Gartsherrie Ironworks are the largest in Scotland. . . . More than 1,000 tonnes of coal are consumed every 24 hours; and, as showing how wellchosen is the site of the works, it may be mentioned that 19/20ths of the coal required is obtained within a distance of half-a-mile from the furnaces. One coal-pit is situated close to the furnaces. . . . The coal from this pit is conveyed to the furnaces by means of a self-acting incline. Most of the ironstone was at one time obtained from pits in the neighborhood, but
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FOREWORD
now it has to be brought from a distance of two to twenty miles; and a complete system of railways connects the pits with the works. . . . The establishment is also connected with the great railway systems of the country, and possess additional facilities for transport in a branch of the Monklands Canal, which has been carried through the centre of the works. . . . A great proportion of the manufactured iron is sent out by the canal. The furnaces, sixteen in number, stand in two rows, one on each side of the canal. . . . A constant supply of coal and ironstone can be reckoned upon, and therefore only a small stock is kept at the works. The mineral trains are worked with unfailing regularity, and their cargoes are deposited conveniently for immediate use.
From this description of an integrated supply chain infrastructure in Victorian Scotland we learn that integrated inbound and outbound logistics, efficient inventory management, and delivery to point of use are supply chain disciplines that are more than 150 years old. For most readers, Ford Motor Company is a better-known example of the historical development of efficient supply chain and manufacturing practices. The history of Henry Ford s manufacturing innovation is widely known, as are the productivity gains achieved on the Model T assembly line, but what may be less well understood is how the supply chain that supported Model T production was developed. Ford s division of labor approach to Model T production created the need for both industrial engineers and material planners to ensure that the right material was delivered to the manufacturing line in the right quantities at the right time. The efficiencies gained by the division of labor in mass production were enabled by the creation of a new management discipline: the discipline of procuring and delivering parts directly to the assembly line. As Womack, Jones, and Ross explain in their 1991 book, The Machine That Changed the World:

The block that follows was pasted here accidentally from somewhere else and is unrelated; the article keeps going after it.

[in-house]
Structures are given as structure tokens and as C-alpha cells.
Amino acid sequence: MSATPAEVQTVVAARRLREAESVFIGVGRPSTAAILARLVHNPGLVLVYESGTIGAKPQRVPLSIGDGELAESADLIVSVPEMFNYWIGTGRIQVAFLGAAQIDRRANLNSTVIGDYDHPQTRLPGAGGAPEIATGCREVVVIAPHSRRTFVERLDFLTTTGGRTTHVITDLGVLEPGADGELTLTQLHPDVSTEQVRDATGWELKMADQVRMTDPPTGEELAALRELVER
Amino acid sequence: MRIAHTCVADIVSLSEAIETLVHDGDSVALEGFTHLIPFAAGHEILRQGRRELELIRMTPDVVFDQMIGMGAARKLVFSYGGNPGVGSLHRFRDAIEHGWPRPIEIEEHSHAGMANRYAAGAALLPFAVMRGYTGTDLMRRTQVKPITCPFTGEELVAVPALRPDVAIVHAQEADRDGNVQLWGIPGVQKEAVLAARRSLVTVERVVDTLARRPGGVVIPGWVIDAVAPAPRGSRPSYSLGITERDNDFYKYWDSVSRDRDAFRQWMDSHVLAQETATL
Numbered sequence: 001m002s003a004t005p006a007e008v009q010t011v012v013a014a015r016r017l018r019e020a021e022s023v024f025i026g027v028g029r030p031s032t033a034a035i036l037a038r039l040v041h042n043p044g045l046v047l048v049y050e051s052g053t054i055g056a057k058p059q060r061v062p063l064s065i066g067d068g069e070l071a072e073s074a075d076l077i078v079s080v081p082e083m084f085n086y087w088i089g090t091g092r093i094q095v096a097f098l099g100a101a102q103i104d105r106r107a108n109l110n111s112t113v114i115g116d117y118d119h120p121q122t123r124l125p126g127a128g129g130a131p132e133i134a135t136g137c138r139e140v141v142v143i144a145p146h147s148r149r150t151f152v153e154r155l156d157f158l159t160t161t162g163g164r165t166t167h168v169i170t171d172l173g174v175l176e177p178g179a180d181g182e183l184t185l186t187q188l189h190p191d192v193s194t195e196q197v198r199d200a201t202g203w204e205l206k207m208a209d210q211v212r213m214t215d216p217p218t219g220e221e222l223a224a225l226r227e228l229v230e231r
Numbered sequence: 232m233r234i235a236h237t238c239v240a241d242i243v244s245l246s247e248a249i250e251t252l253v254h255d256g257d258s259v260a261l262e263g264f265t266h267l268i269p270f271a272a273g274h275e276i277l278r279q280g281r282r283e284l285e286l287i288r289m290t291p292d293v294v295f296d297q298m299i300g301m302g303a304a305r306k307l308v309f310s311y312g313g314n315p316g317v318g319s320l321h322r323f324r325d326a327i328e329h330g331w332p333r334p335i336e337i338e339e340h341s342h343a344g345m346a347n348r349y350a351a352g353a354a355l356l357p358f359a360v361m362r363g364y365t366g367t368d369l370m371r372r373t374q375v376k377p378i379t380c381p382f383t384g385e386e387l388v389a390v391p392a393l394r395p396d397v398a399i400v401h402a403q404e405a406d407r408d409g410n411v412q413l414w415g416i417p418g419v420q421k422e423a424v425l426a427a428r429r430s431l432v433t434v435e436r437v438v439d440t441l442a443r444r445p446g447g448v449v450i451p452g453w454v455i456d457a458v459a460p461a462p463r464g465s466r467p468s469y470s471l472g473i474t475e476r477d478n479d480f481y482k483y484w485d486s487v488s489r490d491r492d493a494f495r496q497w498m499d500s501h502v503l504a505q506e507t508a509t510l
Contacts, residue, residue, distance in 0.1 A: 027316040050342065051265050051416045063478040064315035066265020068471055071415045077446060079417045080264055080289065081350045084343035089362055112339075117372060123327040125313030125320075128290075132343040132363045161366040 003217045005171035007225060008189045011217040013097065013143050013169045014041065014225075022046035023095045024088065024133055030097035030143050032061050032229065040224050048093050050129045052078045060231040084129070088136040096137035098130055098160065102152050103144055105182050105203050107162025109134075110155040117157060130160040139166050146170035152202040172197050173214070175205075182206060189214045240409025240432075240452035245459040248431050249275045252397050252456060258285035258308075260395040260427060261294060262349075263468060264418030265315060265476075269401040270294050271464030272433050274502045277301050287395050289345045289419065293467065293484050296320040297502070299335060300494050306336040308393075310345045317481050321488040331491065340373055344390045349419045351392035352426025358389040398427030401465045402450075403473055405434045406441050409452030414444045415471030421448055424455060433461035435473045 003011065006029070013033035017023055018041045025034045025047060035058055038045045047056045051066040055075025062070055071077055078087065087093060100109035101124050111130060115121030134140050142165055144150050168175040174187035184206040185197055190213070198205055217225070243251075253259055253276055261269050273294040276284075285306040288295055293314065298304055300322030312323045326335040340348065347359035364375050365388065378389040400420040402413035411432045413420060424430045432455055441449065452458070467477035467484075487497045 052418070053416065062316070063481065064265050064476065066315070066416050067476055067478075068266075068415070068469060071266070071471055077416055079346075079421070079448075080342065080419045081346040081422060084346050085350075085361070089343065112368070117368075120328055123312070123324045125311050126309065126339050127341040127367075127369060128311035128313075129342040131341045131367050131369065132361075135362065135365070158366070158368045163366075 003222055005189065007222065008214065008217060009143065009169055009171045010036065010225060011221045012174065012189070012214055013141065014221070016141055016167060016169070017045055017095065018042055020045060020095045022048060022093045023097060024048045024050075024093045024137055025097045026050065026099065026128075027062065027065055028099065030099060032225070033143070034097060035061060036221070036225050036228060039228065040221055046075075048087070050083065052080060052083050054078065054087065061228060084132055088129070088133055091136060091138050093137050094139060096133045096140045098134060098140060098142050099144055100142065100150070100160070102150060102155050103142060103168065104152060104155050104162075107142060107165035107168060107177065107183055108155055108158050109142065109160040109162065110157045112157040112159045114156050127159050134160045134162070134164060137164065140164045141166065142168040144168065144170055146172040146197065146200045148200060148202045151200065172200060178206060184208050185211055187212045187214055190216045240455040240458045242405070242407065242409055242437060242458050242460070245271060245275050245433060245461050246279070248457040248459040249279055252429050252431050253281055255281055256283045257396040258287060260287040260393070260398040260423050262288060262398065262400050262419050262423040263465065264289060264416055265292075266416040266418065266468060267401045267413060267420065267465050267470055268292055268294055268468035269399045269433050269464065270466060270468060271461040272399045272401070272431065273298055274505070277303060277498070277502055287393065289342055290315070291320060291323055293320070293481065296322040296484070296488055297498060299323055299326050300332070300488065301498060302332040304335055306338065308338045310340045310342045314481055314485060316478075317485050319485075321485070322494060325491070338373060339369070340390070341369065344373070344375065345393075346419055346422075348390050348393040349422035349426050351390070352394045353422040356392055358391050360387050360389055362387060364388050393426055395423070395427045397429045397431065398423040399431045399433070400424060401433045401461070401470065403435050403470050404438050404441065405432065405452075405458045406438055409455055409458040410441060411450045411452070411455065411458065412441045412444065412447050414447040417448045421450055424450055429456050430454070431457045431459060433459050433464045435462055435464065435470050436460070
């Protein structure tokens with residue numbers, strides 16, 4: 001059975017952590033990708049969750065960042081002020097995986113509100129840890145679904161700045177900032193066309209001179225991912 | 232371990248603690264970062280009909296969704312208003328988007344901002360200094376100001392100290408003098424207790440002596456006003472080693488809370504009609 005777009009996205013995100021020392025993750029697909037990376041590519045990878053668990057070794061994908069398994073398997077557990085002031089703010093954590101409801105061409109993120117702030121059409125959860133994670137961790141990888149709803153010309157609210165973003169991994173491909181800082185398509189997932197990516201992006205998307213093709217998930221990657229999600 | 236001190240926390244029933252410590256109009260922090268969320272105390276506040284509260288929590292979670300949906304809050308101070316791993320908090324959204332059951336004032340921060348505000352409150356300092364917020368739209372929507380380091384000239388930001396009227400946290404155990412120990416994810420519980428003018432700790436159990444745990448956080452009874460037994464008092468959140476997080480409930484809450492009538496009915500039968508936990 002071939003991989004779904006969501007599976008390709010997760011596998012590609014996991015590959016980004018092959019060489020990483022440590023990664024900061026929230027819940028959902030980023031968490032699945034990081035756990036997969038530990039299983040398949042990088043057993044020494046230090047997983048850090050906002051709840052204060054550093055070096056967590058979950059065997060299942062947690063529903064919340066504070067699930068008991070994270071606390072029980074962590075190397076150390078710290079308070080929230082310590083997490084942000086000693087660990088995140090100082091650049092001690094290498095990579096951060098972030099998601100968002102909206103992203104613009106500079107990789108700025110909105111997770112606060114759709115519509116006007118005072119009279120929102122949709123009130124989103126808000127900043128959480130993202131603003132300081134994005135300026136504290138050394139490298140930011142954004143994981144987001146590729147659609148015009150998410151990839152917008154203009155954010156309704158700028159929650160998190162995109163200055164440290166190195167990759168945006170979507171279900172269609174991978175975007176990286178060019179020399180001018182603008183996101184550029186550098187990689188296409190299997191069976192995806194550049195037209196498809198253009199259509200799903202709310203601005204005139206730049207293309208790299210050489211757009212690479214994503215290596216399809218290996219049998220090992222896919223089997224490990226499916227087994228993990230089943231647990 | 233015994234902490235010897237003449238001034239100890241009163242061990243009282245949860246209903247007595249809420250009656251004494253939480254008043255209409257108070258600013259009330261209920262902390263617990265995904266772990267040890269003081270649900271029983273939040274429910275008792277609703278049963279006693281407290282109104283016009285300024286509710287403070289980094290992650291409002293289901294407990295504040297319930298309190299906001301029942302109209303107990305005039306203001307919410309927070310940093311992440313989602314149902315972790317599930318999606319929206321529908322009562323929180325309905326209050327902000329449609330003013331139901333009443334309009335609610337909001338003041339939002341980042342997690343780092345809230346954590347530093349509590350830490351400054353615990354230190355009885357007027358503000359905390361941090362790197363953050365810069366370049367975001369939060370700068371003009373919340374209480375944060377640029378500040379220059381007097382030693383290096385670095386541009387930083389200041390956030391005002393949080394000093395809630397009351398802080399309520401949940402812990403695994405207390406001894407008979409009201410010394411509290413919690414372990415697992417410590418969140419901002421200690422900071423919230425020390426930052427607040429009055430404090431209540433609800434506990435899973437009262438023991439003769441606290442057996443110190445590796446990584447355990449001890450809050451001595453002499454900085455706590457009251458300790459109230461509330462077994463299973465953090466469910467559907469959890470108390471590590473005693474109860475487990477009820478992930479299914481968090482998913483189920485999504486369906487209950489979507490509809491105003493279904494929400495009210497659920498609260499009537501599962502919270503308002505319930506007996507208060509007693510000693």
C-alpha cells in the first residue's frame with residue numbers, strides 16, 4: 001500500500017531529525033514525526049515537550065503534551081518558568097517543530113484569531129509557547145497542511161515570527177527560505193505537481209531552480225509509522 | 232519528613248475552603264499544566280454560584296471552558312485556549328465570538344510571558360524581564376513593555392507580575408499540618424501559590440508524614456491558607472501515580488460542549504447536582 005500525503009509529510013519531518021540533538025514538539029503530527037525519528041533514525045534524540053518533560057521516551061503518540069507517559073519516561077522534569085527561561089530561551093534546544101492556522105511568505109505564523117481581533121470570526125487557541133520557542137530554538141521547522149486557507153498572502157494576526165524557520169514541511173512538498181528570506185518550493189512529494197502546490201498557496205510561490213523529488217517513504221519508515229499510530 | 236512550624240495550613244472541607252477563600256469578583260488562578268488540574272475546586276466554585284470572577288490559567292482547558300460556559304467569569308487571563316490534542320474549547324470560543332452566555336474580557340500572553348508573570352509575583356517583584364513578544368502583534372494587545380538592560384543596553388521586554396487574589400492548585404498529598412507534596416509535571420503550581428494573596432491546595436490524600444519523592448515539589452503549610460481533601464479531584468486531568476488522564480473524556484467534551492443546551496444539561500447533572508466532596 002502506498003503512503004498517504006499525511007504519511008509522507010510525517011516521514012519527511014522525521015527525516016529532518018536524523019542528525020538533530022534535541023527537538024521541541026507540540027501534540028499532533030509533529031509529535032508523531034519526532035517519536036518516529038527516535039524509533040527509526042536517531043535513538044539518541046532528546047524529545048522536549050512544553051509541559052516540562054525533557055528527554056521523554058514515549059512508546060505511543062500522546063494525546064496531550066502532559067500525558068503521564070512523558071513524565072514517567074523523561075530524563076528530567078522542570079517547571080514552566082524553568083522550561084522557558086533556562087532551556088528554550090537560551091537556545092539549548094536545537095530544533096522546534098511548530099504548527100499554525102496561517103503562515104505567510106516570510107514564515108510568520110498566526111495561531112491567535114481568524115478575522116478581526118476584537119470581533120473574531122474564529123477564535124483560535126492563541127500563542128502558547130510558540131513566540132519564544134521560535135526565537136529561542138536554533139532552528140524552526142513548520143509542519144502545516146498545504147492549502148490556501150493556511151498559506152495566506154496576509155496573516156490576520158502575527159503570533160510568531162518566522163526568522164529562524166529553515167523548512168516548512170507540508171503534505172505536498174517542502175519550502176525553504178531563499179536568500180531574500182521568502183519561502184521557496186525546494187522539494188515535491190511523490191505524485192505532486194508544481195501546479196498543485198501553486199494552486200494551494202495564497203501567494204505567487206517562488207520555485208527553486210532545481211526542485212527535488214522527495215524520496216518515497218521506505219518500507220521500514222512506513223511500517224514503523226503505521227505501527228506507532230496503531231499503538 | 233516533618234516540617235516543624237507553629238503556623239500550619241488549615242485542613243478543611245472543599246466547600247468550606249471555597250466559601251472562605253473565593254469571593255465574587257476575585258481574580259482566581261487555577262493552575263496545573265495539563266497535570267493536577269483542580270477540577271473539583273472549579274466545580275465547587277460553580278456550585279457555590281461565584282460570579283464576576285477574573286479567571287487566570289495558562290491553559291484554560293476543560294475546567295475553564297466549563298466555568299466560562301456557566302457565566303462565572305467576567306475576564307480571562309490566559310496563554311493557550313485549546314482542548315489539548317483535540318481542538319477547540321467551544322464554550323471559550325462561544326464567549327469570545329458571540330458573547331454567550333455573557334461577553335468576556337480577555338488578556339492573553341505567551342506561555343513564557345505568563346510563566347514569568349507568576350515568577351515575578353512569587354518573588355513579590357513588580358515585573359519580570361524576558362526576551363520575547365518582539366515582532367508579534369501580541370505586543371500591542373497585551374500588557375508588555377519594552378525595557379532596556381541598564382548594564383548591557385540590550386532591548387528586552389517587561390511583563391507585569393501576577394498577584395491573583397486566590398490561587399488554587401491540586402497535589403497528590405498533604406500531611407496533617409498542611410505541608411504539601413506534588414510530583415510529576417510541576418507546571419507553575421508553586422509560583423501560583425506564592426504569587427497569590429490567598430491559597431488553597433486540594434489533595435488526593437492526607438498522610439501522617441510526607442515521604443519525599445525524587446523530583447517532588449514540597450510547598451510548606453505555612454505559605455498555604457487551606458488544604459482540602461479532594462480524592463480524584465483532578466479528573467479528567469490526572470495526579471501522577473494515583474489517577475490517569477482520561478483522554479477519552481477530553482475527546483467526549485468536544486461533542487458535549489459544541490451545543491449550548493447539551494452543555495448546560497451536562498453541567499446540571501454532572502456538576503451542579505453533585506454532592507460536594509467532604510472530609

Henry Ford was still very much an assembler when he opened Highland Park. He bought his engines and chassis from the Dodge Brothers, then added a host of items from a host of other firms to make a complete vehicle. By 1915 Ford had taken all these functions in house and was well on the way to achieving vertical integration. . . . Ford wanted to produce the entire car in one place and sell it to the world. But the shipping systems of the day were unable to transport high volumes of finished automobiles economically without damaging them. . . . By 1926 Ford automobiles were assembled in more than 36 cities in the United States and in 19 foreign countries.
The problem of efficiently satisfying global demand for technologically advanced products became a driving force in the story of supply chain